More than 35 years after the death of 17-year-old Beth Bramlett in rural Axtell, McLennan County Sheriff’s Office investigators say they have cracked their long-open murder case.

“It happened August 8, 1982 and it’s been unsolved until now,” McLennan County Sheriff Parnell McNamara announced Wednesday. “This was a brutal murder of a beautiful, innocent high school girl, and we know who did it.”

A fisherman discovered Bramlett’s body on abandoned railroad tracks outside Axtell on Aug. 10, 1982, beaten and shot with a .22 caliber handgun, once in the head and once in the chest, McNamara said.

Investigators with the newly established McLennan County Sheriff’s Office Cold Case Unit found the culprit in then 42-year-old Talmadge Wayne Wood, eliminating seven persons of interest who had been identified since the homicide investigation started, he said.

Wood died in 2014 at the age of 74 without being prosecuted in Bramlett’s death.

“That person unfortunately died in 2014 and was never brought to justice, but we now have answers for the Bramlett family,” McNamara said.

Investigators’ theory

Cold case investigators reopened the Bramlett cold case last year after a media report looking into her death. McNamara said he established the cold case unit with seasoned investigators from the Texas Rangers, master peace officers and assistance from a former federal prosecutor.

Investigators learned Bramlett left a party at Tradinghouse Lake at about 1 a.m. with Wood’s daughter and another person who was driving them. Along the way, the driver told Bramlett he didn’t have enough gas and needed to return to the party to get another vehicle.

Cold case Detective Terry Fuller, an Axtell native, said Bramlett got out of the car and started walking, planning to get a ride home from another person leaving the party. When the driver and Wood’s daughter got back to the party, they found Wood there. Wood threatened his daughter, saying she had better beat him home, Fuller said.

Wood left the party, and his daughter left about five minutes later, Fuller said. Wood’s daughter drove the same route her dad had, past where she had let Bramlett out of the car, hoping to catch up to her dad.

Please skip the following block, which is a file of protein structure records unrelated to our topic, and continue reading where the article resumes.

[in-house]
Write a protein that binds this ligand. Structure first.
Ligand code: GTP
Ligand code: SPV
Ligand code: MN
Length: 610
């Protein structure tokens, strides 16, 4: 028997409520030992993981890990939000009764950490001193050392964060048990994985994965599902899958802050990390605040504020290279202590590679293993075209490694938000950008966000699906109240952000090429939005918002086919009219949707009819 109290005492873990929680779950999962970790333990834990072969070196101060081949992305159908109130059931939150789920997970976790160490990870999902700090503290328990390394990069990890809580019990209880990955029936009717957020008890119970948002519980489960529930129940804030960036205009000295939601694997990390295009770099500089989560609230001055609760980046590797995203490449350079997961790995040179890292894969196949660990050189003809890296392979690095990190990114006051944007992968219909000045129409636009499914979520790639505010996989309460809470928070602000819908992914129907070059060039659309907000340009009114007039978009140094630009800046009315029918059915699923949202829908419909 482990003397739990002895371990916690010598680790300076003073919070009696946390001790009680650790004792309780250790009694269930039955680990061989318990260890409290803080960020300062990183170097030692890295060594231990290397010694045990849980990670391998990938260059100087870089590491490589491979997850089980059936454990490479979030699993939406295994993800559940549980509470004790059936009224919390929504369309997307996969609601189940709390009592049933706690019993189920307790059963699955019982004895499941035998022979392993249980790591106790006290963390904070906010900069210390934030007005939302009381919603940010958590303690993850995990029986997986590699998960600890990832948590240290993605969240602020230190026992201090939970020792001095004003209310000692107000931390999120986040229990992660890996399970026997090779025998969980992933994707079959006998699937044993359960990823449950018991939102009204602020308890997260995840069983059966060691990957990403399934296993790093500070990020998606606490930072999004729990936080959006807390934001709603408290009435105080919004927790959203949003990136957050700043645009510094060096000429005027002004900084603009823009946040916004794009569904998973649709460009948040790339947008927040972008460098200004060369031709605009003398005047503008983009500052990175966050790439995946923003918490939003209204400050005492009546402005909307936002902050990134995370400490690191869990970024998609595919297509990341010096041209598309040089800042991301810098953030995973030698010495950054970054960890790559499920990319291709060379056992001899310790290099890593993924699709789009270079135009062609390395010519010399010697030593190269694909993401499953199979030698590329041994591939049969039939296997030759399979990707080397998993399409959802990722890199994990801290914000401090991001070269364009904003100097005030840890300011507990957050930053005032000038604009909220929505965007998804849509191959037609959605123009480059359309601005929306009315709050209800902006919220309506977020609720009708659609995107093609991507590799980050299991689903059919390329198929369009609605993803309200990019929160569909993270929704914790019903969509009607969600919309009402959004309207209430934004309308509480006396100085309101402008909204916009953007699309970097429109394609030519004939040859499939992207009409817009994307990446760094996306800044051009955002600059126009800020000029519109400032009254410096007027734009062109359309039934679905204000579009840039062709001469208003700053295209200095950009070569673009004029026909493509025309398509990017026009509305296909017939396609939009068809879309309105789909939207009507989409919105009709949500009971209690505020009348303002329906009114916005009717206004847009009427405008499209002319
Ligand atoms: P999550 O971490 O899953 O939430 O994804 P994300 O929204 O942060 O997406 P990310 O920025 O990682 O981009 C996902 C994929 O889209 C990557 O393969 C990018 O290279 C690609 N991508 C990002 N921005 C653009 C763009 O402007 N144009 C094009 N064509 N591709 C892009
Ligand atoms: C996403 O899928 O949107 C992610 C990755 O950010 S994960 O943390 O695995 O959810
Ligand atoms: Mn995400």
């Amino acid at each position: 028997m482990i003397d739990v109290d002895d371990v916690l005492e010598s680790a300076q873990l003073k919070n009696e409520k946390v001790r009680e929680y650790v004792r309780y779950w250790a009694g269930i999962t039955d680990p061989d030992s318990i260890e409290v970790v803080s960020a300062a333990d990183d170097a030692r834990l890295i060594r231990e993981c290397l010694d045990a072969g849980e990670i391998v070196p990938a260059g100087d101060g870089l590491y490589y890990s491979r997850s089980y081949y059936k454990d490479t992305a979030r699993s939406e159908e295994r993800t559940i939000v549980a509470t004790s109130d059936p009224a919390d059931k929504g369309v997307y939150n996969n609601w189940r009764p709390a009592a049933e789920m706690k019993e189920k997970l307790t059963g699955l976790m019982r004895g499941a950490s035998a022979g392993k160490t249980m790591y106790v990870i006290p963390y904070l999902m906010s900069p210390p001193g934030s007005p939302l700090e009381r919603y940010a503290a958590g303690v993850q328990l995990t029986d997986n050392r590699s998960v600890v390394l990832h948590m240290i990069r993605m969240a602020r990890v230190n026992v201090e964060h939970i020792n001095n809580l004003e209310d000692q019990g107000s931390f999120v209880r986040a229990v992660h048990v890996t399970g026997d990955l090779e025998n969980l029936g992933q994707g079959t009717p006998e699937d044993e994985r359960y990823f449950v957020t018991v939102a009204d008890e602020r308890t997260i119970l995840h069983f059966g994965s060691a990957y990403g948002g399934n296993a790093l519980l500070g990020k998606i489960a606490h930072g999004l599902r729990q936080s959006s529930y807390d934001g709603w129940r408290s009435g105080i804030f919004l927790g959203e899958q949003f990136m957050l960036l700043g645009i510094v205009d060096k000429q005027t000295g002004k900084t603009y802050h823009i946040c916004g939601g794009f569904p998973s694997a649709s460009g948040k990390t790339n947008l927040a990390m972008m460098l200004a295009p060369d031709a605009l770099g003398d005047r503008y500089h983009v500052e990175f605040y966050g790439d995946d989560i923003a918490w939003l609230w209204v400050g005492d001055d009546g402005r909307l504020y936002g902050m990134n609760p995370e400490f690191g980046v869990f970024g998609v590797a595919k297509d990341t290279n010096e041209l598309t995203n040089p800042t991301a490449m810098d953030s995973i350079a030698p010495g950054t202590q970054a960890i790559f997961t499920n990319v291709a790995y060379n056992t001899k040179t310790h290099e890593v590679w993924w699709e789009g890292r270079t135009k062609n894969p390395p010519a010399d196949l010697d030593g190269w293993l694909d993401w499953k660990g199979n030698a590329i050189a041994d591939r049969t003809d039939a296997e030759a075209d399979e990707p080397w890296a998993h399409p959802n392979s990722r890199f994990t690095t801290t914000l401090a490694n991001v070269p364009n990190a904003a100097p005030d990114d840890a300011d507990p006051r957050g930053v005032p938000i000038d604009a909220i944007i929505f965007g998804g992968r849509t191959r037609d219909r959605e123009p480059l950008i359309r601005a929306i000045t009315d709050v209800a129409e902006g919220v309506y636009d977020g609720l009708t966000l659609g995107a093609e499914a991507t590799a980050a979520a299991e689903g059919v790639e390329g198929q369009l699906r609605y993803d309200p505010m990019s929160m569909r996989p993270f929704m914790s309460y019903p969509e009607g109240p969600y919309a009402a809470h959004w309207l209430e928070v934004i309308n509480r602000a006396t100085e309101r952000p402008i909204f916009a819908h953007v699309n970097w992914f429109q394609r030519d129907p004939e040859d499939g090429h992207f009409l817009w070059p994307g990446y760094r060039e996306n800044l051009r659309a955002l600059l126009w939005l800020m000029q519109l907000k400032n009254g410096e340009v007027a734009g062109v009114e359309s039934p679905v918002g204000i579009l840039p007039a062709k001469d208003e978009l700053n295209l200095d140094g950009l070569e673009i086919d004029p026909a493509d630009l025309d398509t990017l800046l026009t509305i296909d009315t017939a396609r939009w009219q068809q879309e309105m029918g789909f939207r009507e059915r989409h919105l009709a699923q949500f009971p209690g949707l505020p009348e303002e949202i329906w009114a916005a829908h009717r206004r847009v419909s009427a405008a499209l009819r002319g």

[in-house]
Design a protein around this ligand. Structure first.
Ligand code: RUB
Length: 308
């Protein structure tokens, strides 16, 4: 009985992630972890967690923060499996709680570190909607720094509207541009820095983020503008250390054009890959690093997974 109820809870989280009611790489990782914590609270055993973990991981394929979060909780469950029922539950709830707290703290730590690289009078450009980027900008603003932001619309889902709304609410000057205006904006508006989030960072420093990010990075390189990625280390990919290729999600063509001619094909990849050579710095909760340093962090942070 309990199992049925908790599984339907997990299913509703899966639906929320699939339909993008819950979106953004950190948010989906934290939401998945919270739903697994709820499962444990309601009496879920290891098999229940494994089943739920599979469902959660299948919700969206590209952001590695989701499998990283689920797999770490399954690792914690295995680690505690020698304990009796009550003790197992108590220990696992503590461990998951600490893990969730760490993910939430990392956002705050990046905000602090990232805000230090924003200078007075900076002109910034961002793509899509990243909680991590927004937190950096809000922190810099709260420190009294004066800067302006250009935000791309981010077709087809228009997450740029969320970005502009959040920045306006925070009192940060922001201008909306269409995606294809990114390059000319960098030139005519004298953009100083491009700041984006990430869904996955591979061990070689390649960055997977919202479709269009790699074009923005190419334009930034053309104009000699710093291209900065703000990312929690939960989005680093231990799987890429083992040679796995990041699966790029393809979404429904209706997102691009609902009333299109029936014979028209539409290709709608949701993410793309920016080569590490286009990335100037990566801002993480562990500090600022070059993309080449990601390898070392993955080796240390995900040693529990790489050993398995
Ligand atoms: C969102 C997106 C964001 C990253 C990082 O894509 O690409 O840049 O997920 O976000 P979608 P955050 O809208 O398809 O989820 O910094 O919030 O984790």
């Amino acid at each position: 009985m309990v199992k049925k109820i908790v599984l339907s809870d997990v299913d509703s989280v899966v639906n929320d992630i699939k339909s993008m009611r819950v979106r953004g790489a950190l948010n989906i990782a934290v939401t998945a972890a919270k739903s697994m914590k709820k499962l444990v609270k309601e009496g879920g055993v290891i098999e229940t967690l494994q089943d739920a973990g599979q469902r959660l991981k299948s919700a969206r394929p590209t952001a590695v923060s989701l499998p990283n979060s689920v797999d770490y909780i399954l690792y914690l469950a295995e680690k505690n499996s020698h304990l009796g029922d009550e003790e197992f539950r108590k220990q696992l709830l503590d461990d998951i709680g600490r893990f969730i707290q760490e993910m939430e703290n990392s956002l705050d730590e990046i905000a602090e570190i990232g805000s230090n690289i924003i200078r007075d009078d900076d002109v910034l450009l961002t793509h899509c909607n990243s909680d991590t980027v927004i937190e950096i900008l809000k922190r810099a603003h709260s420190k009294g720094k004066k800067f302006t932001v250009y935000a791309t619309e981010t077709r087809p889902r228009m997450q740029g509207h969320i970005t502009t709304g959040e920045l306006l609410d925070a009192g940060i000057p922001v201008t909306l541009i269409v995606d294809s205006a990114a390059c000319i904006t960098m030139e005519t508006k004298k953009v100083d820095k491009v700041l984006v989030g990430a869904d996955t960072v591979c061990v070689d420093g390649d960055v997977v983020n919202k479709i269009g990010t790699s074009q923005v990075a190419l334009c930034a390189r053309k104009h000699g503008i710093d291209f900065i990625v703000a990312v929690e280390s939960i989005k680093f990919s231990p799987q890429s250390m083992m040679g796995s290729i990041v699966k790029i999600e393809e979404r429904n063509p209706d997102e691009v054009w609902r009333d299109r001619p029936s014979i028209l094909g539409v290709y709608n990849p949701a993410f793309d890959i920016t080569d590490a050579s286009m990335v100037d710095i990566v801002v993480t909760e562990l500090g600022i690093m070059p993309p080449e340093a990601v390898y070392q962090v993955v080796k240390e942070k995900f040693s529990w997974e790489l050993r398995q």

Investigators said Wood’s daughter sped down the roadway but never saw her father or Bramlett. Fuller said Wood, who had an undisclosed problem with Bramlett, picked up the soon-to-be Axtell High School senior, and drove her to the intersection of Farm-to-Market Road 939 and Happy Swaner Lane, where he killed her.

“What happened was she (Bramlett) waived him (Wood) down, trying to get a ride. He knew Beth was at the party,” Fuller said. “He made statements that he knew his daughter was at the party and that she better not be with Beth. What his beef with Beth was, we can only imagine.”

Witnesses told the cold case investigators they had seen Wood return home at about 4:30 a.m. covered in blood. Bramlett’s body was found in a ditch by the railroad tracks between her house and Wood’s house, McNamara said.

35 years later

Investigators looked over interviews, evidence, crime scene information and conducted more than 60 interviews with witnesses and family members since September. Chief Deputy David Kilcrease said that although the case is circumstantial, interviews and some physical evidence tie Wood to Bramlett’s murder.

“It is a very circumstantial case, but we believe we could take this to trial and get a conviction today,” Kilcrease said. “We could get an indictment and conviction.”

Fuller said Wood was the only suspect seen both at the party and on the roadway and was the only person with the opportunity to kill Bramlett.

“People were scared to death of him (Wood),” Fuller said.

“We had people who told us that the only reason they went to his funeral in 2014 was to make sure he was dead,” Capt. Steve January said. “People were terrified of him and they wouldn’t have talked if he was still alive.”

Wood, who was named as a suspect during the initial investigations in 1982, was also accused of violence against his family and local residents over several years, investigators said.

He was convicted and was sentenced to 10 years probation on two 1982 attempted murder charges when he shot two McLennan County residents in a home, about four months after Bramlett’s murder. He was later sentenced to 10 years in prison for attempting to car-jack a woman outside Richland Mall in 1984, criminal records show.

McNamara said residents were scared to come forward with any incriminating information about Wood until after his death. McNamara also credited new technology and the diligence of of cold case investigators for not letting the Bramlett case go unsolved.

“Before Christmas, we met with (Bramlett’s) family, and when Beth’s mother came in, she told us that we should have to convince her,” he said. “We laid out everything like we laid it out to you, and even in a little more detail, and she said we did it. After all these years, she was thankful we never gave up on the case.”

Messages left for Bramlett’s mother were not returned Wednesday.

Kristin Hoppa has been covering public safety and breaking news for the Tribune-Herald since January 2016. She worked in Northwest Missouri covering crime-related issues before her move to Central Texas. She is a University of Kansas graduate.

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